Dee Garden Thai Kitchen and Nepali Chulo: Two restaurants approaching their one-year anniversaries in a strange climate
Sep 09, 2020 04:05PM
By Mariden Williams
In May, Dee Garden Thai Kitchen donated 100 meals to Salt Lake County Department of Infectious Disease workers. (Dee Garden Thai Kitchen)
By Mariden Williams | m.will[email protected]
Starting a new restaurant is never an easy feat, but it becomes even harder when just a few months after first opening your doors, you are asked to close them for the sake of public health.
Dee Garden Thai Kitchen, located at 7098 South Redwood Road, opened on Dec. 20, 2019, meaning they were only open for around three months before lockdown orders took effect. So, unlike a lot of other local restaurants, they haven’t experienced a decline in revenue so much as a slower increase in customer base than new restaurants can generally expect.
"We were still building our customer pool when the pandemic hit us, since the restaurant was opened pretty recently at that time,” said Manager Kanlayanee Phothiworn, who is the daughter of the chefs. “But our customers were still very nice in supporting the small businesses in the community.”
Though their own business was struggling during this time, the Phothiworn family still found a way to give back to the community: on May 6–7, they held a fundraiser where 50% of their proceeds went toward feeding front-line healthcare workers. They raised enough money that they were able to donate 100 meals.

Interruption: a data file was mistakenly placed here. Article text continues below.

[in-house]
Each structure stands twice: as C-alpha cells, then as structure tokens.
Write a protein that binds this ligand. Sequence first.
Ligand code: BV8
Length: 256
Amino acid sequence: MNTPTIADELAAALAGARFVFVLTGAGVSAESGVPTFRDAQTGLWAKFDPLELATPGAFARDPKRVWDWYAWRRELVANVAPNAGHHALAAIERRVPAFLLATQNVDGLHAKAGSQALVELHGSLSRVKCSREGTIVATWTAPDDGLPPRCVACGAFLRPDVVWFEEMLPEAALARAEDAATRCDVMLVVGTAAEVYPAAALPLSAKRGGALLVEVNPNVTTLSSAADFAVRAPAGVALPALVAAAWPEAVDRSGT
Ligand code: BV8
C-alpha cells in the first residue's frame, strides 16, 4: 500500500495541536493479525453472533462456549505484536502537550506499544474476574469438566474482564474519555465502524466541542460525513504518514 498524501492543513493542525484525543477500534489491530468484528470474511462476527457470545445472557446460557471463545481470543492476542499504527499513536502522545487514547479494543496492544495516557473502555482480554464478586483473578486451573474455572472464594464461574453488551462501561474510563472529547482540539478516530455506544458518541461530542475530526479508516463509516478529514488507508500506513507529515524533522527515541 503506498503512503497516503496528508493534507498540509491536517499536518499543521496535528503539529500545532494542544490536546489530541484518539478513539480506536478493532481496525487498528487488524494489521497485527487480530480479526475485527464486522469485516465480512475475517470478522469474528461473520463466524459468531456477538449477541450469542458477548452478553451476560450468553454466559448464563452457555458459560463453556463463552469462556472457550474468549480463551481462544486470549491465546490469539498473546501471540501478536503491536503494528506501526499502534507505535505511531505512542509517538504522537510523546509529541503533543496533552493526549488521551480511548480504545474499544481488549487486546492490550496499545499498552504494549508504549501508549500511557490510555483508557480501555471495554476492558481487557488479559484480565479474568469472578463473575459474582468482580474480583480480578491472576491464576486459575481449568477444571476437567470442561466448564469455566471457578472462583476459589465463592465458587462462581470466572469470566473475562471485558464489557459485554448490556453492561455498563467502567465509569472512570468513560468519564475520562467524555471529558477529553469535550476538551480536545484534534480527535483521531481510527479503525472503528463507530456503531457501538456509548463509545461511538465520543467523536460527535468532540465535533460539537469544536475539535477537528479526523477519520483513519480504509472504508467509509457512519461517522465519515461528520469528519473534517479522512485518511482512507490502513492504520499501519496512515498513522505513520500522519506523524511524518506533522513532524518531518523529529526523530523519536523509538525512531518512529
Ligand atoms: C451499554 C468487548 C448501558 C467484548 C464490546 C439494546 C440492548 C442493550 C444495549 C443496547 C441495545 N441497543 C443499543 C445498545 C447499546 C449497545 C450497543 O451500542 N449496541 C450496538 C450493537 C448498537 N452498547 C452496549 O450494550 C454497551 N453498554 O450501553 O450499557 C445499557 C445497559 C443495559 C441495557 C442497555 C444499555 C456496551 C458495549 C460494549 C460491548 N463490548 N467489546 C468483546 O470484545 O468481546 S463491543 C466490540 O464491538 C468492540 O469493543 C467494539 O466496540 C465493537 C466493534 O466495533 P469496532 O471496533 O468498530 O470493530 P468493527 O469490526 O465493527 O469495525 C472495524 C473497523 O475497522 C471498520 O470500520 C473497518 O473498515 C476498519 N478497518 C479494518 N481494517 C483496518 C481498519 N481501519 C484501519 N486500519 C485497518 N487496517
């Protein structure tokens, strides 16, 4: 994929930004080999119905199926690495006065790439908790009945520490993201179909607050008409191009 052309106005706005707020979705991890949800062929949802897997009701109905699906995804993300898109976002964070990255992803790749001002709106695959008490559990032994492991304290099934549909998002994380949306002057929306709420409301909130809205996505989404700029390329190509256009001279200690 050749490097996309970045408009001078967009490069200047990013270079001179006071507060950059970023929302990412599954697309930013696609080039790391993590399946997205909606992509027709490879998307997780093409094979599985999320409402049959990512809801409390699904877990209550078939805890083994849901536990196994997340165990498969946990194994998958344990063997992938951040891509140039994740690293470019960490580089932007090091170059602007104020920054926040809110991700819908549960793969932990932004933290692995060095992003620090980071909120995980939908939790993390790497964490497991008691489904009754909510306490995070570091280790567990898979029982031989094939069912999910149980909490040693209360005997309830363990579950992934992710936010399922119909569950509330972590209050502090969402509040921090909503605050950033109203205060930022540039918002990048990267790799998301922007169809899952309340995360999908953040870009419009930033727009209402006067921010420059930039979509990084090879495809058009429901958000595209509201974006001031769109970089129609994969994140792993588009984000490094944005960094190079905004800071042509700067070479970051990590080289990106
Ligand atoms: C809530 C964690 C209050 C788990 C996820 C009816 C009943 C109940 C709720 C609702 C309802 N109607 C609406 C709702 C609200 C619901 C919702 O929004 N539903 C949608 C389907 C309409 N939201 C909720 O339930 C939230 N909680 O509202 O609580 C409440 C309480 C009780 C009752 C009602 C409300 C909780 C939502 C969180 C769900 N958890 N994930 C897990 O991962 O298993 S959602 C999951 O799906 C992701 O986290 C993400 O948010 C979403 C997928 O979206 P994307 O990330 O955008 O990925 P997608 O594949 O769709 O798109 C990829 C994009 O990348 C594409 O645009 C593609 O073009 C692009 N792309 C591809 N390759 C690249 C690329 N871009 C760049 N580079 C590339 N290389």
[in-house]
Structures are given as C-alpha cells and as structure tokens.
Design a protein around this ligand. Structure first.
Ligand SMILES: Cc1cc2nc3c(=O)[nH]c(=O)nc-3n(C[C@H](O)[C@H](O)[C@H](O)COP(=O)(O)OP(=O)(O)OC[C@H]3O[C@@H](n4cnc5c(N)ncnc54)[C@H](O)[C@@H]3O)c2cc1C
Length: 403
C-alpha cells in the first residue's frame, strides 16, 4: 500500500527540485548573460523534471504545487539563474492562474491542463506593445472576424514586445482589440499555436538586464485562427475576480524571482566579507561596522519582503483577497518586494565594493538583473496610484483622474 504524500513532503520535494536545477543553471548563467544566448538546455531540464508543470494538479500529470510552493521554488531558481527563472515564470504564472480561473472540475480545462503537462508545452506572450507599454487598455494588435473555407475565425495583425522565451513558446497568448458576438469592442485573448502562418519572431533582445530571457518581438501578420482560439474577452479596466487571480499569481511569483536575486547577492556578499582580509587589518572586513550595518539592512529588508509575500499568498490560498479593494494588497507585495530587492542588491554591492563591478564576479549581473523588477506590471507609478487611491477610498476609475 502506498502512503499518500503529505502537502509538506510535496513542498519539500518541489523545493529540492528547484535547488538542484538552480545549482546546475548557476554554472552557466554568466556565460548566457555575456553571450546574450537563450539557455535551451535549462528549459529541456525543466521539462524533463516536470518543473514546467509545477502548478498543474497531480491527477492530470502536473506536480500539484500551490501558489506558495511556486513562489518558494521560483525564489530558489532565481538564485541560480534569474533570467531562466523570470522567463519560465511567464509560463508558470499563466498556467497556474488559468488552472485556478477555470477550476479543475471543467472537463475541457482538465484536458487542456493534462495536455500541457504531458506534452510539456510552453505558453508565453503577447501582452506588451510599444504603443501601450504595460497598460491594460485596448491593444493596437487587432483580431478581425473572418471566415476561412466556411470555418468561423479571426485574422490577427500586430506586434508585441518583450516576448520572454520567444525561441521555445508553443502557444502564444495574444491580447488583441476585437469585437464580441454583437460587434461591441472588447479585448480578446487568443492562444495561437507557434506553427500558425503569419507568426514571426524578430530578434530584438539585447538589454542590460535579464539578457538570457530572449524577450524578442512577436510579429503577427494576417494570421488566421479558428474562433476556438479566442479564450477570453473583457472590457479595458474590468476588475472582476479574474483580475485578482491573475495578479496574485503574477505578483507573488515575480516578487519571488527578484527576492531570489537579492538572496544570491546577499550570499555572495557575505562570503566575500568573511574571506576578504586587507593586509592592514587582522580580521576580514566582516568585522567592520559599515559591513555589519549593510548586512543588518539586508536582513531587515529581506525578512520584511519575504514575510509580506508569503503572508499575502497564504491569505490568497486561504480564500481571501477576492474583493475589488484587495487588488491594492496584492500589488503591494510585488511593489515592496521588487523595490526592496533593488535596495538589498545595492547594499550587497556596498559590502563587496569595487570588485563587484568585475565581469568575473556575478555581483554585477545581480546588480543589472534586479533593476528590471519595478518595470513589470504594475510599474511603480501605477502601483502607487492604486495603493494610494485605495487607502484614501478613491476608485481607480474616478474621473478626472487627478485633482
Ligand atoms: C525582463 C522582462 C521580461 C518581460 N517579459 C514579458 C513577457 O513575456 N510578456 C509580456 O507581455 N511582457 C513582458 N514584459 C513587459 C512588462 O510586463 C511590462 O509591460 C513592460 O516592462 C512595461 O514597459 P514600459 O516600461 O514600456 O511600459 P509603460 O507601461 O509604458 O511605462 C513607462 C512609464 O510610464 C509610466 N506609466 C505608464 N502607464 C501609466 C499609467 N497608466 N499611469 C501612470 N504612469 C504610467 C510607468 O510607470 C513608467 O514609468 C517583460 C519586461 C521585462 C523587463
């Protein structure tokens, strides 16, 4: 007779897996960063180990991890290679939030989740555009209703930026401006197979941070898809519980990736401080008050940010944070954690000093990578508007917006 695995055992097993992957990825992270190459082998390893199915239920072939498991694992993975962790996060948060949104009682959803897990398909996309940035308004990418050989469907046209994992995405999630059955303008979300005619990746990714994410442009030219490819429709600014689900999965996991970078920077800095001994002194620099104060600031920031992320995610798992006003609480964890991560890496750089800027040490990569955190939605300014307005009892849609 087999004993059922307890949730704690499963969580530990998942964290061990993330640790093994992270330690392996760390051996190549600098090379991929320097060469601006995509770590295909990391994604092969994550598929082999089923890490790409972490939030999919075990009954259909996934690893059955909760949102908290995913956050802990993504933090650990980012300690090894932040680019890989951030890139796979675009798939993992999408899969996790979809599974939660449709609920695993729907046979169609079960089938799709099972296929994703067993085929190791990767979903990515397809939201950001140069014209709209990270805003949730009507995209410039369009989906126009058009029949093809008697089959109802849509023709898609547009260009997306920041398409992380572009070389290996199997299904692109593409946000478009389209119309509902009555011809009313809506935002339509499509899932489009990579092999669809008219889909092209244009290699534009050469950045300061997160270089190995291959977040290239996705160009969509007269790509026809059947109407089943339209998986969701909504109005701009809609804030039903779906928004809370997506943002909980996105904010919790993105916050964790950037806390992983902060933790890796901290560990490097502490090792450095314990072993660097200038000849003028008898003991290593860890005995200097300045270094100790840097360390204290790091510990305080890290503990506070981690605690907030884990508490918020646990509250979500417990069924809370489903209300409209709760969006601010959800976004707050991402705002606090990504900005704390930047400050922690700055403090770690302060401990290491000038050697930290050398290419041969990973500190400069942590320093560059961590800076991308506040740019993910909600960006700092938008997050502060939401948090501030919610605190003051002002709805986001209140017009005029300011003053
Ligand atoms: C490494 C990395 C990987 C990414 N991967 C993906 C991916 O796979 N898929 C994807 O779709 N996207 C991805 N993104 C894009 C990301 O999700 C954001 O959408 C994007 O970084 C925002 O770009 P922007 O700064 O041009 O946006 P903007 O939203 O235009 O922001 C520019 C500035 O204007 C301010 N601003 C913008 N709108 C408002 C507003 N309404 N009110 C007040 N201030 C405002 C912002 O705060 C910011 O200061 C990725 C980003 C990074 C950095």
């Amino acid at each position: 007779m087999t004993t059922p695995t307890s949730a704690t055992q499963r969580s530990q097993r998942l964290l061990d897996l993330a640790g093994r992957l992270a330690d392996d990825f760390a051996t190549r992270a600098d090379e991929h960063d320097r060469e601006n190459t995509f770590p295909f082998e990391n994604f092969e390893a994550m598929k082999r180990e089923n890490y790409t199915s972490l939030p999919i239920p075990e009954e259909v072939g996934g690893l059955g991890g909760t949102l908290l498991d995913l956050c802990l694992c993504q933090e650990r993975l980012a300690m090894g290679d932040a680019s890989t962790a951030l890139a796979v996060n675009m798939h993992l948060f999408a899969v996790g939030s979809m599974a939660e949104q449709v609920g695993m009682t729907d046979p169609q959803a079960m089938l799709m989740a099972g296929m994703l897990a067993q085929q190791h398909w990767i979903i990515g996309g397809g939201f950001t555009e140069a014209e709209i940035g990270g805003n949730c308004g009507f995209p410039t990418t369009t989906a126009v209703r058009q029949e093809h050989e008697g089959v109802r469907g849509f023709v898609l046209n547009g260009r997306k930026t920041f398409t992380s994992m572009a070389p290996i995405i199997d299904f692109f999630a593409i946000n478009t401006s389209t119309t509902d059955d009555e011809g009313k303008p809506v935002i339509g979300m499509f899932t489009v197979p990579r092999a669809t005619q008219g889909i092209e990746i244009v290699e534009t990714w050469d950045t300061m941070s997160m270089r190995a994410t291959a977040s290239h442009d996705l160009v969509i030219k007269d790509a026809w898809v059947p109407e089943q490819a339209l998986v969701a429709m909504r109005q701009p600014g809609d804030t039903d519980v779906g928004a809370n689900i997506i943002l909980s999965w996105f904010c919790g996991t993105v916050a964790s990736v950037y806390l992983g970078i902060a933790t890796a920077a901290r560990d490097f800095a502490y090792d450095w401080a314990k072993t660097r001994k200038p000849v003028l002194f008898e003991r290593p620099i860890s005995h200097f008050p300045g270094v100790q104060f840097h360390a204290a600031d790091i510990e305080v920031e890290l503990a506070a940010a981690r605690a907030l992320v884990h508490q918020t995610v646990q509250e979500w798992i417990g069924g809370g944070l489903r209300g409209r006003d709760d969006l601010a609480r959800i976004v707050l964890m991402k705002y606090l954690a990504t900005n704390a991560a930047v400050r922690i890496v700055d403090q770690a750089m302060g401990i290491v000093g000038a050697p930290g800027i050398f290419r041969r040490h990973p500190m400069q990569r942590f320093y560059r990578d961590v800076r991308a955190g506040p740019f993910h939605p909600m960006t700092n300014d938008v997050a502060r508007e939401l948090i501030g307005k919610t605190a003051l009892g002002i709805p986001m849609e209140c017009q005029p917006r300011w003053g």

“We really wanted to contribute and give back, since we also knew friends and families who were working in the healthcare system,” said Kanlayanee. “I think it was a successful event. Many customers saw the news and came on those two days especially to support the cause.”
During the lockdown, most customers ordered exclusively through online delivery services, but they are gradually seeing an increase in in-person dining, which makes them happy. The interior of the restaurant is bright and cheery, and every other table is marked off with blue masking tape to encourage social distancing.